However, WHR, time duration since diagnosis, and the number of meals per day were not significantly important in predicting DREMA.

For the final DREMA prediction model, four variables were retained through a forward stepwise logistic regression analysis: (1) age, (2) the type of rice, (3) physical activity outside of a regular job (yes/no), and (4) exercise in leisure time (not at all, once a month or less, once a week or less, every day). The likelihood of seeking DREMA increased with aging, where those who were 10 years older were twice as likely to seek DREMA (OR = e^ (0.07 × 10) = 2.01) than someone 10 years younger. Regarding the type of rice, the odds of seeking DREMA increased with regular or frequent consumption of white rice rather than brown or parboiled rice. Thus, a patient who regularly eat white rice tended to have 3.39 times the odds of seeking DREMA compared with those who regularly eat brown or parboiled rice. With respect to patients’ physical activity levels, being physically inactive outside of occupation aggravated the unfavorable outcomes associated with increasing age and increased the likelihood of seeking DREMA. Specifically, patients who did not engage in any physical activities outside of occupational posture during the past month had 50 times higher odds of seeking DREMA compared with those who regularly participated in physical activities during the same time duration. Also, the odds of seeking DREMA were directly associated with the frequency of exercise during leisure time. That is, a patient with higher frequency of leisure time exercise had lesser odds of seeking DREMA. For example, compared with those who exercised almost every day during their leisure time for the past 1 month (leisure exercise level 4), patients who did not exercise at all during their leisure time (leisure exercise level 1) had a 33.33 times higher odds of seeking DREMA. The final DREMA prediction model selected can be presented as a Y-prediction equation in the form of (y = a + b*×1 + c*×2 + d*×3 + e*×4), where y is on the logit scale to model the probability of DREMA, a through e are the parameter estimates from the logistic regression model, and ×1 through ×4 are each respondent’s data values for the four independent variables in the model:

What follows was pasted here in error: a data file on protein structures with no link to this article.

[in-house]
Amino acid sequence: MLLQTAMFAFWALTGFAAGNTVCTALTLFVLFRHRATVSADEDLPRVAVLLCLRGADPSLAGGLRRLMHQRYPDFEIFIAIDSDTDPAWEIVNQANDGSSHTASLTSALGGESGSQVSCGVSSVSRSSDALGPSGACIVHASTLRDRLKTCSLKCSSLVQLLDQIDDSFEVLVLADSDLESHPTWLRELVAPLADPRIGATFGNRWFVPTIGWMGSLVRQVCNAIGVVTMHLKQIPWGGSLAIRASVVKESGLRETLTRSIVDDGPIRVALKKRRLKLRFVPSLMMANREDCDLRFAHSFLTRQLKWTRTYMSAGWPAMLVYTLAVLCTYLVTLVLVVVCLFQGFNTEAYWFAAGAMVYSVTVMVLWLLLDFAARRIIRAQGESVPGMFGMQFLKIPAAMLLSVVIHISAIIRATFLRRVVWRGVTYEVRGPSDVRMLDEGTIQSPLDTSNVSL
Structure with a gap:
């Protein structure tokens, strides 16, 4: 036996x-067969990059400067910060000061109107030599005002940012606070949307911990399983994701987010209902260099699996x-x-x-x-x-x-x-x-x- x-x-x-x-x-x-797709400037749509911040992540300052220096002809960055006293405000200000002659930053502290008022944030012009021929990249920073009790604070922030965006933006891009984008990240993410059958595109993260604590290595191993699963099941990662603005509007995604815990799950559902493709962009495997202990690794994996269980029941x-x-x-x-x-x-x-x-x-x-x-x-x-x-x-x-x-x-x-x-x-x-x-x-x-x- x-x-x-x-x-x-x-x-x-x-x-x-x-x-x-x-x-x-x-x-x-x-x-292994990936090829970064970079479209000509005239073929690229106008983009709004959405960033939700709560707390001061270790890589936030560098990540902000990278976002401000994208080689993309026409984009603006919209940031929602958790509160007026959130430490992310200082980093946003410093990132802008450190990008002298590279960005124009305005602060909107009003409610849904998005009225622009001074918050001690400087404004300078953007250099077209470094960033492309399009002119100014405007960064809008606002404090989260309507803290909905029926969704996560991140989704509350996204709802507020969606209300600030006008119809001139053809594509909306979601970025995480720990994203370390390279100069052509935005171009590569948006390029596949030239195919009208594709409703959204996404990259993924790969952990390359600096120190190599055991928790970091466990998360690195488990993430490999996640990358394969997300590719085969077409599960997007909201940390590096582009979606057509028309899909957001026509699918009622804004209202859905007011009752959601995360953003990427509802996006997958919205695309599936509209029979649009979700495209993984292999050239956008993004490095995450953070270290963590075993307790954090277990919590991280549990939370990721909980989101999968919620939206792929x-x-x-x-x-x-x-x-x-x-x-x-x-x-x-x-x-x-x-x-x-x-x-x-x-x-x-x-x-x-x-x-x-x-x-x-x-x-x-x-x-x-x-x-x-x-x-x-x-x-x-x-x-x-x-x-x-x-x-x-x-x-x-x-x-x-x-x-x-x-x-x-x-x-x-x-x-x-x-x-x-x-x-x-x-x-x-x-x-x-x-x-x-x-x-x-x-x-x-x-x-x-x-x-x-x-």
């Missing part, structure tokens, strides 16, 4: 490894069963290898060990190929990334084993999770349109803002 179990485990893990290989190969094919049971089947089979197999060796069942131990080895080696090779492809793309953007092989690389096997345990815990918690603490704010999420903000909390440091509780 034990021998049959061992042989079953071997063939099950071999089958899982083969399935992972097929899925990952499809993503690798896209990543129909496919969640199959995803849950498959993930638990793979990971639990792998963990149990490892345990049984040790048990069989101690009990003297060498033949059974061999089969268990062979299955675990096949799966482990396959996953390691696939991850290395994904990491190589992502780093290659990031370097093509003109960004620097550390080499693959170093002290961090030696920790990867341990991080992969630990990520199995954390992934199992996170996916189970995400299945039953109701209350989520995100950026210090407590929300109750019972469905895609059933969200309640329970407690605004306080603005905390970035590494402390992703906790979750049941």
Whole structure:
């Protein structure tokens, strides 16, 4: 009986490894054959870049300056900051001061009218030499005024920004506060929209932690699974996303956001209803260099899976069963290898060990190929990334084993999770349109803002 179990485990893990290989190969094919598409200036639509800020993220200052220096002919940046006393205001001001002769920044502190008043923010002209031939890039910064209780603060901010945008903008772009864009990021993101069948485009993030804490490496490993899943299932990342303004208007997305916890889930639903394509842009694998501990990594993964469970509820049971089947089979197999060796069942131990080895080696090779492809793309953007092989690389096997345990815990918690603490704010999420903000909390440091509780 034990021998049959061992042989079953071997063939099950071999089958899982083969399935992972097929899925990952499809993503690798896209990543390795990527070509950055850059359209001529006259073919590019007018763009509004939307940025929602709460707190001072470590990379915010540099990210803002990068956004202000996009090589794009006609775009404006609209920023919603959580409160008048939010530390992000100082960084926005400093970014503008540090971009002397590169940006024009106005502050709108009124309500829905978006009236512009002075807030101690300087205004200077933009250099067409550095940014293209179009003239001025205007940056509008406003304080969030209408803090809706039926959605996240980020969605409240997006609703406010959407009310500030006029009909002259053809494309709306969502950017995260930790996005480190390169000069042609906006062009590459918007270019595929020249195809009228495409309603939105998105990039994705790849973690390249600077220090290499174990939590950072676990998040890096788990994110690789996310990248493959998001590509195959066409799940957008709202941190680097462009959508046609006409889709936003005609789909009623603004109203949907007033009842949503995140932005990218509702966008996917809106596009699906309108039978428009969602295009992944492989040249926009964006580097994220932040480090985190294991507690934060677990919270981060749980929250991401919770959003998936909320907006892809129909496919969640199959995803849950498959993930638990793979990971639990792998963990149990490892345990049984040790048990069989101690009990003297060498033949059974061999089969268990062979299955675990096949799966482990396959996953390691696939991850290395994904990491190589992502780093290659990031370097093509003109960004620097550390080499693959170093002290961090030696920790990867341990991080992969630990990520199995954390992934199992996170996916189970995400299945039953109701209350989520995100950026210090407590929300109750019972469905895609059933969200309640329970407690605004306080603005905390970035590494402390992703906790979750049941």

$$ Y=\log \left(\frac{p}{1-p}\right)=-2.53+0.07\times \left(\mathrm{age}\right)+3.91\times \left(\mathrm{physically}\ \mathrm{inactive}\right)+1.22\times \left(\mathrm{white}\ \mathrm{rice}\ \mathrm{consumption}\right)-0.291\times \left(\mathrm{leisure}\ \mathrm{activity}\ \mathrm{level}\ 2\right)-1.63\times \left(\mathrm{leisure}\ \mathrm{activity}\ \mathrm{level}\ 3\right)-3.55\times \left(\mathrm{leisure}\ \mathrm{activity}\ \mathrm{level}\ 4\right) $$

To calculate the probability of DREMA, p = exp(Y)/(1 + exp(Y)).

The probability of a given patient seeking DREMA, i.e., P(DREMA), can be calculated using the equation p = exp(Y)/(1 + exp(Y)).

Finally, the AUC value for this DREMA-seeking prediction model was 0.812 (Fig. 1), indicating a good classification accuracy. Using Youden’s Index, the optimal cutoff point for the probability of DREMA seeking based on the prediction model is 0.285. Thus, a predicted probability of 0.285 or above was classified as seeking DREMA, with moderate sensitivity and high specificity values of 0.66 and 0.81, respectively [23].
Fig. 1

AUC value for DREMA-seeking prediction model

Table 2

Logistic Regression on DREMA (>=1 admission vs 0 admissions) (N=228)

 

Beta

S.E.

Wald

df

p-value

Odds Ratio

Age

0.07

0.02

9.07

1

0.003

1.07

Rice Type (White vs Red)

1.22

0.43

8.20

1

0.004

3.39

Any Physical Activity outside regular job (No vs Yes)

3.91

0.85

21.15

1

<.0010

49.90

Leisure Exercise: Less than once a month (Level 2) vs Not at all (Level 1)

-0.29

0.86

0.11

1

0.736

0.75

Leisure Exercise: Less than once a week (Level 3) vs Not at all (Level 1)

-1.63

0.69

5.61

1

0.018

0.20

Leisure Exercise: Less than or equal to everyday (Level 4) vs Not at all (Level 1)

-3.55

1.12

10.00

1

0.002

0.03

Discussion

Overall, the final DREMA prediction model was both meaningful and simple (user-friendly), and with integration of a tool (e.g., computer program) to help with calculations, may prove useful to both clinicians and non-clinicians. With further validation and updating of this model (and its underlying concept) based on characteristics of local populations, healthcare providers will be able to predict the likelihood of seeking DREMA for each clinic patient diagnosed with diabetes.